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January 28, 2015

Home and Homelessness

In Perspective

By: Rebecca McInroy

This month’s episode explores what it means to be displaced or without a home. Our new roundtable participants ask: How do we define “home”? Is it a house? Is it family, a sense of community? Is it a place or a feeling? The discussants share their perspectives, from the practical concerns of living on the streets of Austin, to the role of creative production in dealing with homelessness, to challenging notions of displacement and transience as unnatural. Ultimately, the discussion turns toward the ways in which our perceptions of home and homelessness influence our views on immigration, the need for refuge, and national identity.

December 4, 2014

Artificial Intelligence

In Perspective

By: Rebecca McInroy

In this edition of In Perspective we teamed up with KUT’s Views and Brews for a discussion on various elements of and debates over Artificial Intelligence. What does it actually mean to think? How does understanding how computers work inform what we understand about the brain? And what is on the horizon for us in the world of Artificial Intelligence?

Listen back as KUT’s Rebecca McInroy discusses all things AI with: Dr Galen Strawson, philosophy professor and author of  Locke on personal identity: Consciousness and Concernment; Dr. Peter Stone, professor of computer science and author of: Keyframe Sampling, Optimization, and Behavior Integration: Towards Long-Distance Kicking in the RoboCup 3D Simulation League; and novelist and poet Dr. Louisa Hall, whose latest novel Speak takes the reader through 5 decades of building an AI doll.

 

 

October 17, 2014

War Memorials, Trauma and Identity

In Perspective

By: Rebecca McInroy

This month on In Perspective, our roundtable participants discuss public memory in relation to grief, war, and memorials such as the National September 11 Memorial & Museum. Two of our guests represent that museum, which commemorates the September 11 attacks of 2001 and the World Trade Center bombing of 1993. Also joining us are two distinguished faculty from The University of Texas at Austin and by a call-in guest who is an assistant professor and filmmaker from Northwestern University.

The Discussion

Kyle Henry, MFA, is an assistant professor at Northwestern University. He is the editor of Heather Courtney’s 2012 film, Where Soldiers Come From, among many others. His latest documentary project, Half-Life of War (2014), explores war memorials and asks the question: Do we memorialize wars to remember, or do we construct monuments and memorials so that we can forget? In this discussion, Henry describes how he works to distill emotional realities through filmmaking in order to get at larger truths.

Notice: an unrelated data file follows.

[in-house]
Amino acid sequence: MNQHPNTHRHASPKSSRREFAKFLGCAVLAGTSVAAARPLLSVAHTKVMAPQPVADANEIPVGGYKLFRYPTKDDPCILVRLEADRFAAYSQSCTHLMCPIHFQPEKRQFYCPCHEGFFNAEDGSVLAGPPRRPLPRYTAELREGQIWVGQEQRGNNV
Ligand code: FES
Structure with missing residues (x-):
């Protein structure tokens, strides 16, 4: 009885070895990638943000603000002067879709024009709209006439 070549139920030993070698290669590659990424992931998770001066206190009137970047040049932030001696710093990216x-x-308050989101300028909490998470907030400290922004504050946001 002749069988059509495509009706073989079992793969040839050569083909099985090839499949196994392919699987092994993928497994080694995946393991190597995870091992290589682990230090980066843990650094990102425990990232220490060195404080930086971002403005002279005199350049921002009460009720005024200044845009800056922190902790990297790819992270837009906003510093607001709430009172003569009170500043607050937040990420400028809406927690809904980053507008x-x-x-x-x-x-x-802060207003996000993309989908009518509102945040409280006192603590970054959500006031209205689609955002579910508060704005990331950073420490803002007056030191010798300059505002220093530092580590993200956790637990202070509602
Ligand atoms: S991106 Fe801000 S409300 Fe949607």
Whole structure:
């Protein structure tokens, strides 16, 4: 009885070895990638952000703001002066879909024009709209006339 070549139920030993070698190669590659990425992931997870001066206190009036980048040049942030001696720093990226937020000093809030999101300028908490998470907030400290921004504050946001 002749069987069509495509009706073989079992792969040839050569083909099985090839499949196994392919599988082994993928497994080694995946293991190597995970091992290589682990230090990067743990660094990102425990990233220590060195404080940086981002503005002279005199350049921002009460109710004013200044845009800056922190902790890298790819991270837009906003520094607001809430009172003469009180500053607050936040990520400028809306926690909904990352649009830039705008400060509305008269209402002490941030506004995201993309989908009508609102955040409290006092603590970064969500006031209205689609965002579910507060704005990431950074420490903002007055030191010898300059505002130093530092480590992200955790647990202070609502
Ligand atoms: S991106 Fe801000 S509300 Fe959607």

Clifford Chanin, director of education at the National September 11 Memorial & Museum, discusses the significance of technology to how September 11th was experienced and how it is remembered in the museum. He addresses the question of whether or not memorials have particular life spans, and explains the dramatic change in the nature of memorials over the past several decades.

Jenny Pachucki, oral historian and assistant curator at the National September 11 Memorial & Museum, shares what it means to speak about tragic events and the value of listening to each other’s recollections of where they were during historical moments. She explains that the exhibits bring together a vast array of remembrances and celebrate the victims’ lives, rather than attend only to their tragic passing.

Richard Flores, Ph.D., is a professor of anthropology and Mexican American studies at The University of Texas at Austin. He has written extensively on the topic of public memory, particularly in relation to Texas history and the Alamo. He helps frame the discussion of public memory and history with reference to the particular purposes served by myth-making and memorials. He explains how the distillation of events and lives toward the symbolic might also silence the voices of veterans and gloss over ongoing conflicts.

Tom Palaima, Ph.D., joins us from the department of classics at The University of Texas at Austin. He is a MacArthur fellow who focuses on Aegean prehistory and early Greek language and culture. He offers examples from Greek antiquity to give context to the discussion of early war memorials in the form of songs and epics. Palaima categorizes memorials as one of two varieties: those created to benefit those affected by the war, such as veterans and their families; and those created to benefit the state and national identity.

What’s your perspective?

These In Perspective participants together question how we deal with the trauma of terrorism and war, how we might mourn collectively, and why we build public memorials. They seek to understand and to teach an understanding of public memory and the human costs of war. At the Texas Humanities Project, we hope that this engagement with war and public memory from a variety of points of view in the humanities will spark thoughtful discussion among listeners about the impacts of memory and memorials in your lives.

Check back this time next month for our third In Perspective roundtable.